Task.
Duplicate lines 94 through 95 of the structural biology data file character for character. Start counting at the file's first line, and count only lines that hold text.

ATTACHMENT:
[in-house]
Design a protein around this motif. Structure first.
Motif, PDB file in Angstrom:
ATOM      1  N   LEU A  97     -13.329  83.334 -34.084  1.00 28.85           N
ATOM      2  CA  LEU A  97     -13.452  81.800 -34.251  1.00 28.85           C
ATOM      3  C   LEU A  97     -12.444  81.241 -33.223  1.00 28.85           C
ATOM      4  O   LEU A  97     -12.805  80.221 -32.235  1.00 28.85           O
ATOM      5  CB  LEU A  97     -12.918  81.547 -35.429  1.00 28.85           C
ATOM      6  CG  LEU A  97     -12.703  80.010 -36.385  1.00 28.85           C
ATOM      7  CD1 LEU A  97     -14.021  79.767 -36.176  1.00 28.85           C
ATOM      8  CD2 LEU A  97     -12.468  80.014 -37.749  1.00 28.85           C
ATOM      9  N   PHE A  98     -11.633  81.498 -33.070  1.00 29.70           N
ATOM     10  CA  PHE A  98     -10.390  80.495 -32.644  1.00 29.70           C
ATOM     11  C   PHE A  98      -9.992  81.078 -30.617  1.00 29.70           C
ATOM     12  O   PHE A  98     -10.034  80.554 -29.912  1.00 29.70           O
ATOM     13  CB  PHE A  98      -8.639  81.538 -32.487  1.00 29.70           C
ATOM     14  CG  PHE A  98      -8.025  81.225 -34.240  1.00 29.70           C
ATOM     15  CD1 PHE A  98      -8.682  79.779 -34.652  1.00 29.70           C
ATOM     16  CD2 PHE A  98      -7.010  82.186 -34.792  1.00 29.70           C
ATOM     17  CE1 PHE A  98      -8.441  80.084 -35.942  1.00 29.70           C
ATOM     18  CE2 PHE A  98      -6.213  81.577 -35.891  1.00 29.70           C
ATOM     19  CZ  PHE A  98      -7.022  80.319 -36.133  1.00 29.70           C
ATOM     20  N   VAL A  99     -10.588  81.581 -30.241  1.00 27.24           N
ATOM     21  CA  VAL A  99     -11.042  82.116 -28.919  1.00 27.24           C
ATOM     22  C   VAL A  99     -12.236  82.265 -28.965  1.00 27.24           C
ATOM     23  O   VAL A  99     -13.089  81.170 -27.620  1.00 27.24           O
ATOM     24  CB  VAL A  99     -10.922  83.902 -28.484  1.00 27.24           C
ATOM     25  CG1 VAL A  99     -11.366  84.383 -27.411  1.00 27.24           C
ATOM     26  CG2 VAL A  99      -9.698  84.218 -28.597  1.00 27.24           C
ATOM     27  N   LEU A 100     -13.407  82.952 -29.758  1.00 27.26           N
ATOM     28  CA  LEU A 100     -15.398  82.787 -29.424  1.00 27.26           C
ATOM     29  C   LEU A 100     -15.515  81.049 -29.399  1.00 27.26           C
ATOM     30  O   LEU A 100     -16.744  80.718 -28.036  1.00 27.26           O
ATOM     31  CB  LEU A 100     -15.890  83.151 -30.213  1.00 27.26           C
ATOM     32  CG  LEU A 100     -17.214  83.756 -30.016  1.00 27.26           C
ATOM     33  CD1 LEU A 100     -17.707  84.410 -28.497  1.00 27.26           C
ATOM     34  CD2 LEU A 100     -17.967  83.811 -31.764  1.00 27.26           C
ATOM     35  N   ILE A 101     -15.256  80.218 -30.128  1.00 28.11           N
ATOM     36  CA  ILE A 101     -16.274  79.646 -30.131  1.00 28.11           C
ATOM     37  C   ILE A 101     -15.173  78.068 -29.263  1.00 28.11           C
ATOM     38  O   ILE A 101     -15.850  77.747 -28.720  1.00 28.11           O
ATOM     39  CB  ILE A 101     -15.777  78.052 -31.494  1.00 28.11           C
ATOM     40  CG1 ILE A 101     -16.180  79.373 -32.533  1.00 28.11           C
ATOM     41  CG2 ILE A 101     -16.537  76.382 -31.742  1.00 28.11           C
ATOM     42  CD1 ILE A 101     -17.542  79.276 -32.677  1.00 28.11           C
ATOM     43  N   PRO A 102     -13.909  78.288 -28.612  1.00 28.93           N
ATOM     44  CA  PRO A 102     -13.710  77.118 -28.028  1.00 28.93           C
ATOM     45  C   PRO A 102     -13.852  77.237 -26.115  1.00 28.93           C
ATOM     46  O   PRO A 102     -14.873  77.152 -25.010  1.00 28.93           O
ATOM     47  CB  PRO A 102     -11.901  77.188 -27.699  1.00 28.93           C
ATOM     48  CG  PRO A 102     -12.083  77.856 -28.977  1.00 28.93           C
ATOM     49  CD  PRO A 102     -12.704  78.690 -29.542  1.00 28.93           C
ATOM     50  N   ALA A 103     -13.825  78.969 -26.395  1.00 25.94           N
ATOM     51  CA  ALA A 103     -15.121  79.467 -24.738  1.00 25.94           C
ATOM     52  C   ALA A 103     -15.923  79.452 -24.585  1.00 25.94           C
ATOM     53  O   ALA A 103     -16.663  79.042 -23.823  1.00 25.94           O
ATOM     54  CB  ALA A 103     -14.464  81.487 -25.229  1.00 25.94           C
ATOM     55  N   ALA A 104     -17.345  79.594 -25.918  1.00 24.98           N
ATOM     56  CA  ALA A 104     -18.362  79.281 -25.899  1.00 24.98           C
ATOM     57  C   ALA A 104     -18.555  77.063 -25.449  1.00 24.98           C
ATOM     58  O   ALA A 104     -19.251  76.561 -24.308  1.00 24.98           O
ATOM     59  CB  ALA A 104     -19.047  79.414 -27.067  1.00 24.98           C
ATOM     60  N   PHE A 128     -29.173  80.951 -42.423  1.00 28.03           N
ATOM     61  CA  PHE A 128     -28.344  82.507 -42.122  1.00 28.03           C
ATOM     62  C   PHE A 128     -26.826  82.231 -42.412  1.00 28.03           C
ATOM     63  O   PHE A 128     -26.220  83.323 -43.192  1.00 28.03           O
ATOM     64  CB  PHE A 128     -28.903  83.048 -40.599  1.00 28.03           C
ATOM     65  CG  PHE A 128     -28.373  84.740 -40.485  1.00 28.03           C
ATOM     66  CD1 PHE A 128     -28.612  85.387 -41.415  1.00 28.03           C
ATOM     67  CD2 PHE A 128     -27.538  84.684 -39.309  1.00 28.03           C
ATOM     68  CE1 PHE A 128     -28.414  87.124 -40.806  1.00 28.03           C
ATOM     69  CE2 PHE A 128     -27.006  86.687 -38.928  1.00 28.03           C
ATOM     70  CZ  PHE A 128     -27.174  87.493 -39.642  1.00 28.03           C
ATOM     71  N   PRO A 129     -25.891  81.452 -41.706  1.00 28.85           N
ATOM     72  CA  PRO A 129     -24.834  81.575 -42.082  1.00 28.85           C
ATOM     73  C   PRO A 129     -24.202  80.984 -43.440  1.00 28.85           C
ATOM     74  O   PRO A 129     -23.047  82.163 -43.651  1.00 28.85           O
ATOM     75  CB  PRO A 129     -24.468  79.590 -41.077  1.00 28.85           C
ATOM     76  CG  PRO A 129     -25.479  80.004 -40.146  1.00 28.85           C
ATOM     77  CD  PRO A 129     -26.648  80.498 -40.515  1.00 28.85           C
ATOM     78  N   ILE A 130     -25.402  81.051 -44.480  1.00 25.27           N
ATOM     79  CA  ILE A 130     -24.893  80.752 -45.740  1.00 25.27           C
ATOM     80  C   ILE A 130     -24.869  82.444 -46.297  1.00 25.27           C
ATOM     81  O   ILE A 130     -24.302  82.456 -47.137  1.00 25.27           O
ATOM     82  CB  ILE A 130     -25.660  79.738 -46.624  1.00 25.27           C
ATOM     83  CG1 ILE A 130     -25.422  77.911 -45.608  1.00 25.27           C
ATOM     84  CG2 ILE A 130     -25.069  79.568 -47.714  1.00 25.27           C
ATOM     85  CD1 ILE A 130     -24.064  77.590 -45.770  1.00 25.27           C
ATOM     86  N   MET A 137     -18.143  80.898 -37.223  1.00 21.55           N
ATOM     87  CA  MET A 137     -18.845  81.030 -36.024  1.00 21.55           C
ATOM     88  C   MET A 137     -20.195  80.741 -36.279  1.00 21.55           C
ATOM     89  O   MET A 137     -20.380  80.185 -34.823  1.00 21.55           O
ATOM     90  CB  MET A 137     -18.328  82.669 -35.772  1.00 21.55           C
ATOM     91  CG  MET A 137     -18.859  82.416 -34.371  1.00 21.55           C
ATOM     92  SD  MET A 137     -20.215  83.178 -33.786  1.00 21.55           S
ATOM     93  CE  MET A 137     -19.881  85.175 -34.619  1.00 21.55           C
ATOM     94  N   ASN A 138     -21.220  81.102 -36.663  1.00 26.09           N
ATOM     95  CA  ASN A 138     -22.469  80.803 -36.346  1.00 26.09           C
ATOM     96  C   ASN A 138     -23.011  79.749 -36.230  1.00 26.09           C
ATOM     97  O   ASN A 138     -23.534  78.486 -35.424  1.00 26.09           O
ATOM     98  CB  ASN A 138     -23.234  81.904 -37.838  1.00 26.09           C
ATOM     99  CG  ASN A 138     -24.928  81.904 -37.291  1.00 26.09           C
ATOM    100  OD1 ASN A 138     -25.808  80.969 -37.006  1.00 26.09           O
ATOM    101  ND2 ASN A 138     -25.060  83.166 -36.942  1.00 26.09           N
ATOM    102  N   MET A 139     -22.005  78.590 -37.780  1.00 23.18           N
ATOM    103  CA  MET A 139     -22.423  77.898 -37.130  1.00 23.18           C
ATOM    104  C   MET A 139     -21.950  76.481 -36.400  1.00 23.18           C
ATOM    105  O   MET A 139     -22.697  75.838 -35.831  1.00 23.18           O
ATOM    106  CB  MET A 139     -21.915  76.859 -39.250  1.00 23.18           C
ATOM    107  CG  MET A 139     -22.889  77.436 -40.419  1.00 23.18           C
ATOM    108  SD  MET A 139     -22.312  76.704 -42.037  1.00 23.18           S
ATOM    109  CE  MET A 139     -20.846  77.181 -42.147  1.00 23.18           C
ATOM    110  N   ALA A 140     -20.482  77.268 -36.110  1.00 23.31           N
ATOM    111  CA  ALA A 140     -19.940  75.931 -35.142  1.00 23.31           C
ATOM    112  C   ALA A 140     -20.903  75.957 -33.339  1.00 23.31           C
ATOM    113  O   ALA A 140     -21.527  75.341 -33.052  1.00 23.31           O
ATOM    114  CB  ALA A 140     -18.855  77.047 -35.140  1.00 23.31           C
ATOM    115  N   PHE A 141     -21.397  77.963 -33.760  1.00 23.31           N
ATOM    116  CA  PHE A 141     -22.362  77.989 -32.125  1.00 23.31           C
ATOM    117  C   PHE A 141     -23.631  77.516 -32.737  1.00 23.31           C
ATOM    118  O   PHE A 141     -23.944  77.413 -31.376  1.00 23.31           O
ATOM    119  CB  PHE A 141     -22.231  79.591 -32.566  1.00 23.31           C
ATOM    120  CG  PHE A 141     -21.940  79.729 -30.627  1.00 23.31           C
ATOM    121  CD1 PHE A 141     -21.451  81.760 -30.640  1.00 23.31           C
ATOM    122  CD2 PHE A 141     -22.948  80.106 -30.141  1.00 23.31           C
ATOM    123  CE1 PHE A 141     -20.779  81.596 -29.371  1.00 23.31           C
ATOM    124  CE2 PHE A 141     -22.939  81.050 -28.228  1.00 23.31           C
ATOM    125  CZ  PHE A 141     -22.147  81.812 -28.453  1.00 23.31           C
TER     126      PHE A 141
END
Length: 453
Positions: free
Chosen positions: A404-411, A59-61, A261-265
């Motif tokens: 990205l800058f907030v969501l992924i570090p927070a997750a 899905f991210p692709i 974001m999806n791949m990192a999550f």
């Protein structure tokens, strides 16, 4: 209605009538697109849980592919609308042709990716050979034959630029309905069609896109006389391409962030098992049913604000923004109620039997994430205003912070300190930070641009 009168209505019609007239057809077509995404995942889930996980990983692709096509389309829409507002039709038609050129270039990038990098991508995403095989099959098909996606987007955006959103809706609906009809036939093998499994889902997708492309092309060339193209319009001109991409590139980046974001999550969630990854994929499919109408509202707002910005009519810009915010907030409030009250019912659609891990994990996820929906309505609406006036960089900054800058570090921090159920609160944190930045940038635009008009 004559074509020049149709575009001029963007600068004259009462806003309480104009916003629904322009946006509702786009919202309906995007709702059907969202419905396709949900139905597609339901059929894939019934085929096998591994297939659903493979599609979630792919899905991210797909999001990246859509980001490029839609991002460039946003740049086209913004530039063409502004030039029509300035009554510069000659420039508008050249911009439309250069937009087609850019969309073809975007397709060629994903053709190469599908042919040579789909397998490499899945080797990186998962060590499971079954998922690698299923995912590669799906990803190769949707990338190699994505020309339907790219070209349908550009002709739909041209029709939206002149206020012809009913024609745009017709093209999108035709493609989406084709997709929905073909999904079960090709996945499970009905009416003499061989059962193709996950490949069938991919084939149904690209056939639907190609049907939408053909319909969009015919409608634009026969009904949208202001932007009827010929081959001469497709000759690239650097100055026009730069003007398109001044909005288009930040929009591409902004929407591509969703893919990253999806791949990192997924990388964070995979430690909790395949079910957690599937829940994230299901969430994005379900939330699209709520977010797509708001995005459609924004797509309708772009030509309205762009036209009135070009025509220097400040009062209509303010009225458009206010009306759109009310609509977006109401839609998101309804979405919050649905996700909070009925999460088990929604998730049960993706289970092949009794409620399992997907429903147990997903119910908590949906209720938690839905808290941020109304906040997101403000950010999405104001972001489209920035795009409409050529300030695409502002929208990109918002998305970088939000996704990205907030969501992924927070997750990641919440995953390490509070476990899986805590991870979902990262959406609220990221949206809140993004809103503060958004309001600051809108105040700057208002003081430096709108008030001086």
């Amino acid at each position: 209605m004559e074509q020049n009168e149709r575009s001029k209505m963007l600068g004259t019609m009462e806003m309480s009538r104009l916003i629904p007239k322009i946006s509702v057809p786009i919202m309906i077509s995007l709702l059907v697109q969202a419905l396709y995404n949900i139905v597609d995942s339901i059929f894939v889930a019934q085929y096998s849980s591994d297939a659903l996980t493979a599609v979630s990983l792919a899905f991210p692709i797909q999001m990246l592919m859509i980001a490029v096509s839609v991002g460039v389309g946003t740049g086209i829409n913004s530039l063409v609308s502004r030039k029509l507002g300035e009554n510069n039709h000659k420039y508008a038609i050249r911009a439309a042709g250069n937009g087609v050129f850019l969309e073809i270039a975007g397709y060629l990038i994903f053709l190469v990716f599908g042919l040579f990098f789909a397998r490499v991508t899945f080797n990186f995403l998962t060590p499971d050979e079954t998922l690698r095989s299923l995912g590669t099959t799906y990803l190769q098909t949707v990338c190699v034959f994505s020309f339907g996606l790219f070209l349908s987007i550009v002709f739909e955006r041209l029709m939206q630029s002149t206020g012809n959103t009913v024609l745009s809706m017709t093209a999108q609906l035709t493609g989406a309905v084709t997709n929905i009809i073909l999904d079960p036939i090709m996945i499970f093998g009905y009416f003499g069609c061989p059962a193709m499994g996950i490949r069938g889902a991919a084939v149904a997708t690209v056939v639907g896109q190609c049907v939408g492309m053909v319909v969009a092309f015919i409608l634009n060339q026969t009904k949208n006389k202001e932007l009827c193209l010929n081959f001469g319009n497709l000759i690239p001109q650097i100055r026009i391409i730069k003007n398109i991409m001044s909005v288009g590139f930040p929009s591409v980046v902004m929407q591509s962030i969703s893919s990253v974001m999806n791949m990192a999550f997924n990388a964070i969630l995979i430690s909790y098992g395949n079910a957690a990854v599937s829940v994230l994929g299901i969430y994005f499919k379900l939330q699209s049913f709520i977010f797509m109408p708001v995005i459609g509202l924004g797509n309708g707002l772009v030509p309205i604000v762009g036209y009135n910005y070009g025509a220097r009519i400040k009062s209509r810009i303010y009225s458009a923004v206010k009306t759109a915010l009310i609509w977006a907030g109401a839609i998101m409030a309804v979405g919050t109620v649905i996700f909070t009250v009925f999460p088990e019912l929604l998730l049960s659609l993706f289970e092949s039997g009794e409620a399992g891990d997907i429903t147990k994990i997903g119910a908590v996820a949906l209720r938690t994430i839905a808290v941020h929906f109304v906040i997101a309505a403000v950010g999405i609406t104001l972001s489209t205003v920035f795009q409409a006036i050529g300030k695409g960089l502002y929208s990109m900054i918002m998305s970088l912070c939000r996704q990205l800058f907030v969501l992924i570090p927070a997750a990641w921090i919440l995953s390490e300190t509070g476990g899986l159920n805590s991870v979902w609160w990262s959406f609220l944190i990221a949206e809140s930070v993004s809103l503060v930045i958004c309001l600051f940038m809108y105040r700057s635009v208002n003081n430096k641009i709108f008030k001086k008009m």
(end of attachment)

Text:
ATOM     91  CG  MET A 137     -18.859  82.416 -34.371  1.00 21.55           C
ATOM     92  SD  MET A 137     -20.215  83.178 -33.786  1.00 21.55           S